Harris added: “Python’s rise in popularity can be related to the rise of technology trends such as AI, machine learning and big data. We are fast approaching a time when simply writing software will only be the first step, after which the program will proceed
to consume data and train its neural network to perform more complex tasks than ever before.
“Within financial services, there has never been a shortage of data to analyse. Python has positioned itself as the machine learning language of choice to tackle this complexity of information and extract actionable insights. I’m sure Python’s simplicity
and speed of development relative to Java can’t hurt in this respect, either.”
William Hayes, tech lead at iwoca, believes that success could be found in a combination of Python with Pandas, a software library that has been written for the programming language to enable data manipulation and analysis, which the fintech uses for “exploratory
modelling and data analysis performed in Jupyter notebooks.”
Hayes went on to say: “This can then be deployed on the main webservers with minimal alteration, allowing us to test new ideas as quickly as possible. We’re also more able to share knowledge between our tech and analytics teams.”
Tech stack integration
While there are use cases of Python for banks and fintechs alike, Harris suggested that when building a fintech app, “success can often be measured in time to market: getting the app in front of your customers quickly and gathering feedback.”
However, it is not just about a race to market, choosing the correct technology stack is a crucial decision, commercially as well as technically. The right technology choices serve as the foundation for any development as the product scales.
Harris advised that while many in the company may think that a developer would be the best person to ask because of their experience working ‘hands on’ with different tech stacks, problems may arise because: “The developer may choose a tech stack based on
their familiarity or based solely on technical merit, without taking into account the business needs of the new application.”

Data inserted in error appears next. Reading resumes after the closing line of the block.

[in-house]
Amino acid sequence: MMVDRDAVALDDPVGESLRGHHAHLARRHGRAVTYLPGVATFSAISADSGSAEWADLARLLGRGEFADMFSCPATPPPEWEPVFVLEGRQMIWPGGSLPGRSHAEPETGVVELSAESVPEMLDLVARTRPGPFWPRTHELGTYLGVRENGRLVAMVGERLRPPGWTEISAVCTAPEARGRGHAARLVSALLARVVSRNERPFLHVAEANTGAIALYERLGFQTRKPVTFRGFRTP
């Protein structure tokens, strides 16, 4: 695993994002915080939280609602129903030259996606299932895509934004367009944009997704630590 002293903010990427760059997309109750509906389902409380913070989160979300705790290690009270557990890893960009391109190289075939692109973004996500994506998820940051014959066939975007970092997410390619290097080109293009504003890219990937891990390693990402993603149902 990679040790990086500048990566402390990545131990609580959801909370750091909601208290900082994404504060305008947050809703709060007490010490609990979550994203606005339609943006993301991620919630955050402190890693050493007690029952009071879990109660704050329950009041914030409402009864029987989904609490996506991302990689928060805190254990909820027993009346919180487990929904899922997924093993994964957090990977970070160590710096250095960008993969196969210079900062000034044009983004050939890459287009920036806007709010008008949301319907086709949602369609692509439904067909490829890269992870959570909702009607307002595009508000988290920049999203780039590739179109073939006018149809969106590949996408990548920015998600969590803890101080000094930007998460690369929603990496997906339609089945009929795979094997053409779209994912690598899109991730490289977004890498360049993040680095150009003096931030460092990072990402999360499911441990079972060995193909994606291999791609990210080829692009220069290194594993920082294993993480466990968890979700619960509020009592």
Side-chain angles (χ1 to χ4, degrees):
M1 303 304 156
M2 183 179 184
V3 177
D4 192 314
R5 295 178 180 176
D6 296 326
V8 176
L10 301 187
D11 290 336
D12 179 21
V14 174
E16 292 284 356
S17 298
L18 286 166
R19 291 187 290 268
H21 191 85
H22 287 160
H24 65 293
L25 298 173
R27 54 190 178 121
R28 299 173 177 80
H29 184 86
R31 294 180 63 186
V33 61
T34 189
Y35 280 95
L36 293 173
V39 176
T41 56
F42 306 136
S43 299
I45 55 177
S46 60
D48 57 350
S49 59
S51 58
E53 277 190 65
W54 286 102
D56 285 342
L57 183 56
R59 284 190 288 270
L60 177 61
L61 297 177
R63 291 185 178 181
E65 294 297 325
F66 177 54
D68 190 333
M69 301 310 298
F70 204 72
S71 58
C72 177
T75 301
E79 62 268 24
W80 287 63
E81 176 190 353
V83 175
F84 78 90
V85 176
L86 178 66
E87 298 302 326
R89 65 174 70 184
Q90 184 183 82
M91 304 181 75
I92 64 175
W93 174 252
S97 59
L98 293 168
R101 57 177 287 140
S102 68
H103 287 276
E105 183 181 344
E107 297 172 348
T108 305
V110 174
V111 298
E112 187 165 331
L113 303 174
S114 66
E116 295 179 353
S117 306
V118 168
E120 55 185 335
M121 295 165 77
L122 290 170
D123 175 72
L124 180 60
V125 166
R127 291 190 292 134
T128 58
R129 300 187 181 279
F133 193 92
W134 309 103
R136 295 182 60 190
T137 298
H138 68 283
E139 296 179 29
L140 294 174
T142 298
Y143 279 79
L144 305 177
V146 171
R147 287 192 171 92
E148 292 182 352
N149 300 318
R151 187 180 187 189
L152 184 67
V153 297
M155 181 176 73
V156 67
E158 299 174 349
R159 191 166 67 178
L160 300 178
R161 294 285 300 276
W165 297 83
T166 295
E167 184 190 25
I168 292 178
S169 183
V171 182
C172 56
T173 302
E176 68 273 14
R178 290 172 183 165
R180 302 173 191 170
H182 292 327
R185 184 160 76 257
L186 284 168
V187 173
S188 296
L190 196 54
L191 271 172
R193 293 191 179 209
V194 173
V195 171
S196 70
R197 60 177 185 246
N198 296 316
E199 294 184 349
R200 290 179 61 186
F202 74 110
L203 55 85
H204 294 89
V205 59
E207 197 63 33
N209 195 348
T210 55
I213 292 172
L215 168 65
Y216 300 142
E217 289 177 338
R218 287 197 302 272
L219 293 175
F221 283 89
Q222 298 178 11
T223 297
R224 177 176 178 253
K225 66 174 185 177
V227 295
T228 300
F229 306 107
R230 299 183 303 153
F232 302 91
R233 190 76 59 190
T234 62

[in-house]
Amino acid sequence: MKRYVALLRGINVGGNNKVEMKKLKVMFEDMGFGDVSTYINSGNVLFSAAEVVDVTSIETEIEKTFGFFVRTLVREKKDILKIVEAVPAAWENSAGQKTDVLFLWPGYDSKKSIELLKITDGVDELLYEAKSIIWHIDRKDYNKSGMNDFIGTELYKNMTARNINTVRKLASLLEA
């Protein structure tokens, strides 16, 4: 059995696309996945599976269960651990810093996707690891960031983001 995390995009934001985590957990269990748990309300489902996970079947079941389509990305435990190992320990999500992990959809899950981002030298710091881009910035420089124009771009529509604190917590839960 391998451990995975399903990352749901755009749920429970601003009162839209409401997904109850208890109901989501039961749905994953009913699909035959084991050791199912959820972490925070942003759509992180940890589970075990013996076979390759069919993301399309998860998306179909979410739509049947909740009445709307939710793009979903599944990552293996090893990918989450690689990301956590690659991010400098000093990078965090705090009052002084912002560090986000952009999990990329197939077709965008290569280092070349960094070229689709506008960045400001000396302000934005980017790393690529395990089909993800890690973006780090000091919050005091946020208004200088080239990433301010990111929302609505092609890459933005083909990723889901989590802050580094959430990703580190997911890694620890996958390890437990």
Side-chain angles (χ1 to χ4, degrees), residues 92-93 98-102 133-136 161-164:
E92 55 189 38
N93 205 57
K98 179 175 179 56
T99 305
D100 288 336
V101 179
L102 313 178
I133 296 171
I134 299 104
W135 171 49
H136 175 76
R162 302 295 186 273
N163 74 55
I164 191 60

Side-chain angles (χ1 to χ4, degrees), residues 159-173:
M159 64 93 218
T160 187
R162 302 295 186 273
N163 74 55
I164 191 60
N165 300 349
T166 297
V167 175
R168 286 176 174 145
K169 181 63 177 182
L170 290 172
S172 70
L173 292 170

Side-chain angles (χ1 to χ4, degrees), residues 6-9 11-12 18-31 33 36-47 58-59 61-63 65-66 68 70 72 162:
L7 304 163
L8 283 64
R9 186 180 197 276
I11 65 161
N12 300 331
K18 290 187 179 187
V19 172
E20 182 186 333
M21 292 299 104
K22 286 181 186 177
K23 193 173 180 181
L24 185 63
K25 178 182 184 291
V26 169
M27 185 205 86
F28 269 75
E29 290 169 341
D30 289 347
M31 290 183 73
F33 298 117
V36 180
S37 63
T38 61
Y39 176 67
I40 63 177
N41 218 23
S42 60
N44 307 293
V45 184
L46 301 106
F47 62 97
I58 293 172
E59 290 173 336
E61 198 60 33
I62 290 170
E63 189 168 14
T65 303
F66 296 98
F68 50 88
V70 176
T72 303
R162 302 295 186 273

He also suggested that prospective ‘fintech founders’ should question whether a particular tech stack would reduce time to market, prohibit performance or scalability, and also who will build the application when it scales.
“When choosing a tech stack, it’s important for a fintech CEO or CTO to consider the current and future availability of the labour pool supporting any technology options. This can be done by tracking trends in education, the Stack Overflow community or the
number of Github contributors. The best server-side languages have a strong and active community of developers,” Harris said.
Discussing the subject, Hasemi drew parallels between the success rate of a tech stack and the talent pool that is available to it: “Fintech tends to prefer senior engineers, and education's decade-long shift toward Python is finally being felt, even in
the most selective corners of industry.”.
Flexible skills and attitudes
On the topic of talent, Hasemi added: “Python web developers may not be as plentiful as PHP or Java, but notably tend to be a lot less hyperspecialized, especially compared to PHP. Almost any Python developer can pick up web development in an afternoon,
at least enough to spin up a data backend for a modern, microservice-oriented frontend. The same Python developer will then be in a much better position to operationalize the service themselves, which can be a pretty tall task for your average IDE-dependent
Hayes believes that Python’s popularity will assist junior developers more than their more senior peers. He has already seen a large number of graduates who have used the language, either as part of their course work or for a personal project.
“At a senior level, it obviously takes a while for skills to shift according to the popularity of a tool. Although it doesn't take a good developer long to pick up a new language, so we don't only look for applicants already with Python experience,” he said.
Does Python lack a guiding hand?
What does Java have that Python doesn’t? – and will the hype around the latter subside and allow Java to continue being the primary programming language?
Harris states: “While Java still has the reputation of being the ‘enterprise solution’ whose stability makes it a safe choice for large banks, I would argue that this reputation may not last for much longer.”
In Hasemi’s opinion: “The main thing that Java has that Python currently lacks is corporate sponsorship. Oracle's stewardship of Java has been keenly felt since 2010, and has really shaped the current state of the Java world. Meanwhile, Python is more community-driven
and the Python Software Foundation is more logistical than directional.”